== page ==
The fintech company, meanwhile, earns revenue from sharing its loan software with the bank.

Our own company, Swipesum, partners with banks to share our technological expertise and tools. As experts in the world of payments, we have digital tools that help businesses save on merchant services fees. We help businesses find the best possible payment solution for their unique and specific needs.

Banks partner with us to leverage our technology and add the value of a fractional chief payment officer for their clients. Crucially, our relationships across the payment industry mean our partners don’t lose deals because functionality doesn’t align with customer needs. And that ultimately means more revenue for banks.

A bank partnership doesn’t have to center on the bank internally implementing useful digital tools, however. Accessing new markets and reaching out to a wider range of customers can be incredibly valuable by itself, for example. 

In this instance, a bank would benefit from the digital infrastructure of a partner. However, it doesn’t require or feature the bank adding a partner’s tools to its own operations.

Chime and its bank partners are one example of this kind of partnership. As Investopedia explains, fintech company Chime partners with two banks to provide financial services to its customers.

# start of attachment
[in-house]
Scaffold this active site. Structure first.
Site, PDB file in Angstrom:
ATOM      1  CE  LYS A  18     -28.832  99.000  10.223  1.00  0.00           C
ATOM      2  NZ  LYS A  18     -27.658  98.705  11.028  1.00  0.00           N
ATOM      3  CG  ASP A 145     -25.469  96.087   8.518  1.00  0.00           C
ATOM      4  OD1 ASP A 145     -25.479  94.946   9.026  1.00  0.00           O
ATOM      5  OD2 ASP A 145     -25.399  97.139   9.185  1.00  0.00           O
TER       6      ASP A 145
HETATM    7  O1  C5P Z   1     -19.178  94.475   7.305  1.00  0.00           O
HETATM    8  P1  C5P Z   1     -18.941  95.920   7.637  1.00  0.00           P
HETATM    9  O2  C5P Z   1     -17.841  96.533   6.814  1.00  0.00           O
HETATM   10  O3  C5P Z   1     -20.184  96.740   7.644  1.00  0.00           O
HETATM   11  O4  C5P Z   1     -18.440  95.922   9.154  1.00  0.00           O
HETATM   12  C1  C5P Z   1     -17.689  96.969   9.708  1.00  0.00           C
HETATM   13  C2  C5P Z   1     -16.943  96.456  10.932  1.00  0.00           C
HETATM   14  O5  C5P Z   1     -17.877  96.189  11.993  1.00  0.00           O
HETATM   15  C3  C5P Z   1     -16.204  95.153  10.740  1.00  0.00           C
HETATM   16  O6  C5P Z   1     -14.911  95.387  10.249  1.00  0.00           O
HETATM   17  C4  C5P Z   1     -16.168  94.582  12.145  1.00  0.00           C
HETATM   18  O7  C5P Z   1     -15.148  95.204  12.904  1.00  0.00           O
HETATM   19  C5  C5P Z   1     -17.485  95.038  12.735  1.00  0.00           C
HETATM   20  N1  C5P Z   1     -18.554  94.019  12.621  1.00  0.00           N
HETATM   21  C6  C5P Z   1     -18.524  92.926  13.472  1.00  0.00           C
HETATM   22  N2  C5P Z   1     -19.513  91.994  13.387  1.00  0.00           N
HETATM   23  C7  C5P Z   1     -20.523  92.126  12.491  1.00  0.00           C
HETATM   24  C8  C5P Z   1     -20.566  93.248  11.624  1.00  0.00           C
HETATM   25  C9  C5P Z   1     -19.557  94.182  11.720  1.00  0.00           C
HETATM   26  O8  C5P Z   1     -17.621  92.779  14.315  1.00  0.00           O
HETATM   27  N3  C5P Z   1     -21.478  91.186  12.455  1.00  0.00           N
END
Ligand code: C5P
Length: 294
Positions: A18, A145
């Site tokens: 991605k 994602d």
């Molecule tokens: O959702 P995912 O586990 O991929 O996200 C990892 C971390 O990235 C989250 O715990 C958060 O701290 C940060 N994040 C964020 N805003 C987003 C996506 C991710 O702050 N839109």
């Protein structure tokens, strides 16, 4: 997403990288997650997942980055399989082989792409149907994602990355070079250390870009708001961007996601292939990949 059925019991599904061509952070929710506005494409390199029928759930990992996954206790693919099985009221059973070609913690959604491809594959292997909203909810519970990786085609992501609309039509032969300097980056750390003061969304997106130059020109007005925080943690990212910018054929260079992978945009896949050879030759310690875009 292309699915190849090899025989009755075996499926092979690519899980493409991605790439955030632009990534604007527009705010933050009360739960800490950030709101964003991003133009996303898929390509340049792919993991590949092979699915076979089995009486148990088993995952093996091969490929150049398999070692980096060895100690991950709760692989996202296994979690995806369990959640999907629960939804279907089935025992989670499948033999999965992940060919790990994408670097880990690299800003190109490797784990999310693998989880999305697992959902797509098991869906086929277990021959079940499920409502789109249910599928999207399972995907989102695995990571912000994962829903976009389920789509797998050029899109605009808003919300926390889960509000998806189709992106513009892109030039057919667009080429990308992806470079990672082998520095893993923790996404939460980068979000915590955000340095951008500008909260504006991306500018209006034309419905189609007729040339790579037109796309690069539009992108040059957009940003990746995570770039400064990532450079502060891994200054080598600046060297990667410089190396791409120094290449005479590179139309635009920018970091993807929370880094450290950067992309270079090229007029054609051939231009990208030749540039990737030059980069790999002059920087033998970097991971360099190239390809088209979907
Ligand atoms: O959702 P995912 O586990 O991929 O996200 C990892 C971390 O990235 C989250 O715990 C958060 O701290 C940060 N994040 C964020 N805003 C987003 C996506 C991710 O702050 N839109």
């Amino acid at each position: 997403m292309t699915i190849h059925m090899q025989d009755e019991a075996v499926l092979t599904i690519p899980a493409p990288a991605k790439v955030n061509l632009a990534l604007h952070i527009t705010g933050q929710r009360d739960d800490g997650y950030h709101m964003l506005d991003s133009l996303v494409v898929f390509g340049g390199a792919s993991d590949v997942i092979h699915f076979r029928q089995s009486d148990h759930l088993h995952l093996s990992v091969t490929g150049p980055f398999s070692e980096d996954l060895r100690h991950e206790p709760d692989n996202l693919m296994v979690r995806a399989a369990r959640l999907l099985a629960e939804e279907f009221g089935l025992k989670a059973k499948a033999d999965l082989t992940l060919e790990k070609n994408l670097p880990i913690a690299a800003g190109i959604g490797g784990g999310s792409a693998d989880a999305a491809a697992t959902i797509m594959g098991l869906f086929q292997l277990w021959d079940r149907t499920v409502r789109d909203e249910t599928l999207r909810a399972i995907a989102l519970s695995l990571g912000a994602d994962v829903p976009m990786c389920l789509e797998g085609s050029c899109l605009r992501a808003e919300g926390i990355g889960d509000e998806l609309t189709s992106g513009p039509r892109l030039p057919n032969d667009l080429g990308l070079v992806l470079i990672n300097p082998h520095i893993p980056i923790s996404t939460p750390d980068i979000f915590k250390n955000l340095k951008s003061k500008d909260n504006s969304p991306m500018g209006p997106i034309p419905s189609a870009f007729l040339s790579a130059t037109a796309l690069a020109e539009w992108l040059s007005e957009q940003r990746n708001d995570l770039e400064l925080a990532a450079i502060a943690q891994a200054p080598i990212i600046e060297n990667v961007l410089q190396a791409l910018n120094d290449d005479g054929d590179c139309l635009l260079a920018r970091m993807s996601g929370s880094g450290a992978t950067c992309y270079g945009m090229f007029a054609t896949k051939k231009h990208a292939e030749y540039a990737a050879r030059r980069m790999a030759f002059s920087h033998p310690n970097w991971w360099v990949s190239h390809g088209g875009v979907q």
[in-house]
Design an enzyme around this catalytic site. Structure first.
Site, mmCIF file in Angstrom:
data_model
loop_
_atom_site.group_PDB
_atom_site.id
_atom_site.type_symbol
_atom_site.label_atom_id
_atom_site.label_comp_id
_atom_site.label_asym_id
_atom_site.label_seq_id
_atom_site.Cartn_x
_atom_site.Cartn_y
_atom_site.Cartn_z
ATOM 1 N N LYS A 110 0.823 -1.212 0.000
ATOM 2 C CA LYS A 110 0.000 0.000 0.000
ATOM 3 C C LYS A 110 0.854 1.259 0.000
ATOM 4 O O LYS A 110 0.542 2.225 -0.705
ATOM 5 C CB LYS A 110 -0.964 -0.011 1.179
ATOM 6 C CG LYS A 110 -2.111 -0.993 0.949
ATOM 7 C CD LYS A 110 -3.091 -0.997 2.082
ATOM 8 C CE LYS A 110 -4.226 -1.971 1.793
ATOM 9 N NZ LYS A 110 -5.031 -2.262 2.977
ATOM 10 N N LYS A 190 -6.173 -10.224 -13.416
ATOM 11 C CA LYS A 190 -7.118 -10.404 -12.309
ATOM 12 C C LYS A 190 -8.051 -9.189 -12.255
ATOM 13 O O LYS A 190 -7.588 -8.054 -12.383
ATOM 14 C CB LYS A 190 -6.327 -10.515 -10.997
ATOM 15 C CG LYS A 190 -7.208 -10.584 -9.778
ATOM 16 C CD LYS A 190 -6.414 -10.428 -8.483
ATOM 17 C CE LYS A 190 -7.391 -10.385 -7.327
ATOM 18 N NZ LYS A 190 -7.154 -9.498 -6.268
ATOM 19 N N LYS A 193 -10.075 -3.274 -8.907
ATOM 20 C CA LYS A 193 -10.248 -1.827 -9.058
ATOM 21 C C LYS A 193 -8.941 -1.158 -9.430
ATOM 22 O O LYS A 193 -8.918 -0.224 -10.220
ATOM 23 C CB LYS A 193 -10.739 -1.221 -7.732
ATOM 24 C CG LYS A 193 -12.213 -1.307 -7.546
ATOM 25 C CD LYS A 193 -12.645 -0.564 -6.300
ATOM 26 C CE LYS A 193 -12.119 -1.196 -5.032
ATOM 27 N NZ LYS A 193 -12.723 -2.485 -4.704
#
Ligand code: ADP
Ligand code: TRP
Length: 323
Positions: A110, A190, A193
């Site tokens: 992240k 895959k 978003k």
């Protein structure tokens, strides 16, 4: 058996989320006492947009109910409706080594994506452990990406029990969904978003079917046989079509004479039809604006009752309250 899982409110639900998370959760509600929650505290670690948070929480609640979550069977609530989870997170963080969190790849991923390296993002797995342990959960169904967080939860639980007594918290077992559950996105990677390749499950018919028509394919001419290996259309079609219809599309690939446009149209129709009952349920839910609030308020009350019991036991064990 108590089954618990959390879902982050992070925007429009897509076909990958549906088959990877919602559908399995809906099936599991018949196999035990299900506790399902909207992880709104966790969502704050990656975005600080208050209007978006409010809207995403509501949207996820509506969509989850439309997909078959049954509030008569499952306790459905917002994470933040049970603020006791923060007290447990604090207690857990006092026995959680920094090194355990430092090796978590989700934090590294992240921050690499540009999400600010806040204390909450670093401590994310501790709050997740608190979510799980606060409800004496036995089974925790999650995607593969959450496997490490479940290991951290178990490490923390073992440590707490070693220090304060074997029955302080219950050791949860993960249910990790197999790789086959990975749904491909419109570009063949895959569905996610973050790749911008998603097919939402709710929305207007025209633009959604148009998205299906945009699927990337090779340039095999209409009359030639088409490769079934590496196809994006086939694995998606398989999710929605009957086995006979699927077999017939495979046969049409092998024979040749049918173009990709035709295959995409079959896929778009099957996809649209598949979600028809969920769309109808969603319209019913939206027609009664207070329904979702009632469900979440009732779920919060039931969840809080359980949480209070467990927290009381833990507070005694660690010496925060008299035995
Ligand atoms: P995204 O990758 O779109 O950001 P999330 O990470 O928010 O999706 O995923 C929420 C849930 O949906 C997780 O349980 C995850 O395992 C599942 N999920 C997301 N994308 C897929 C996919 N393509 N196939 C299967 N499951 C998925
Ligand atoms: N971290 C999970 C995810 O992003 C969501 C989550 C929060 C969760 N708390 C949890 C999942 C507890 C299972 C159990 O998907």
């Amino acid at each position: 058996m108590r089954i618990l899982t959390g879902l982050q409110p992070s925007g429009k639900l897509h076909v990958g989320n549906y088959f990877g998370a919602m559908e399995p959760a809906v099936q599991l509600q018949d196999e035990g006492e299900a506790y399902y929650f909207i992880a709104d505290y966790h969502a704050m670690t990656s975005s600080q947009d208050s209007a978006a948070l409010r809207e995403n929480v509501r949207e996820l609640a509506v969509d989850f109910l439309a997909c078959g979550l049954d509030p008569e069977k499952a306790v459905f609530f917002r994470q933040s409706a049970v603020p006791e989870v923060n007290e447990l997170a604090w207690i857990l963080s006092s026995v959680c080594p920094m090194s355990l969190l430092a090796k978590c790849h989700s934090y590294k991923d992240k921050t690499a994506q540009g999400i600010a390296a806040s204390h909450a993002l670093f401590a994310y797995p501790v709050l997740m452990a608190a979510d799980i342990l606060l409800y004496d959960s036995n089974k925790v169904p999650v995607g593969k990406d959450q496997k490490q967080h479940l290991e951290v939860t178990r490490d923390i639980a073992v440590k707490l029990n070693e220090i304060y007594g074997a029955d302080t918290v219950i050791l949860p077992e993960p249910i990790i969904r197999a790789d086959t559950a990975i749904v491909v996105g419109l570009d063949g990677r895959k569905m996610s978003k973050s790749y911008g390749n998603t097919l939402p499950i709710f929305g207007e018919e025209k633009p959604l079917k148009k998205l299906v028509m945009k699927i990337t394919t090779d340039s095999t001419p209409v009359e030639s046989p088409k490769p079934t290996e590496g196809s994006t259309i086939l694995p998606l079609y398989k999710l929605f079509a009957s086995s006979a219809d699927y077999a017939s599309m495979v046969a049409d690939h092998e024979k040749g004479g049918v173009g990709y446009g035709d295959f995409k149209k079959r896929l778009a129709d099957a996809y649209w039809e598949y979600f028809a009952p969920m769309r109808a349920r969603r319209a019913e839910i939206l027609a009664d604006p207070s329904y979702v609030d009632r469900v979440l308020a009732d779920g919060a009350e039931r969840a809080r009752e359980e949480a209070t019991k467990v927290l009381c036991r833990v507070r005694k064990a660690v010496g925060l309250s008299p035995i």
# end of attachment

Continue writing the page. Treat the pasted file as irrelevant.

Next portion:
Chime itself benefits from providing customers with debit cards and retail banking services. It also earns money by splitting debit card transaction fees with those two banks. 

The banks themselves benefit from the brand value and high general awareness established by Chime. They can access new markets and customer demographics. Crucially, they can do so without the long process of building brand awareness and robust online banking tools themselves. The banks also earn their share of the transaction fees from debit card transactions.

What is a Bank Partnership Agreement?

Bank partnerships can offer both sides plenty of benefits. However, they need to be carefully structured for success. It’s vital for both partners to have an equitable deal that offers a realistic opportunity to realize those benefits.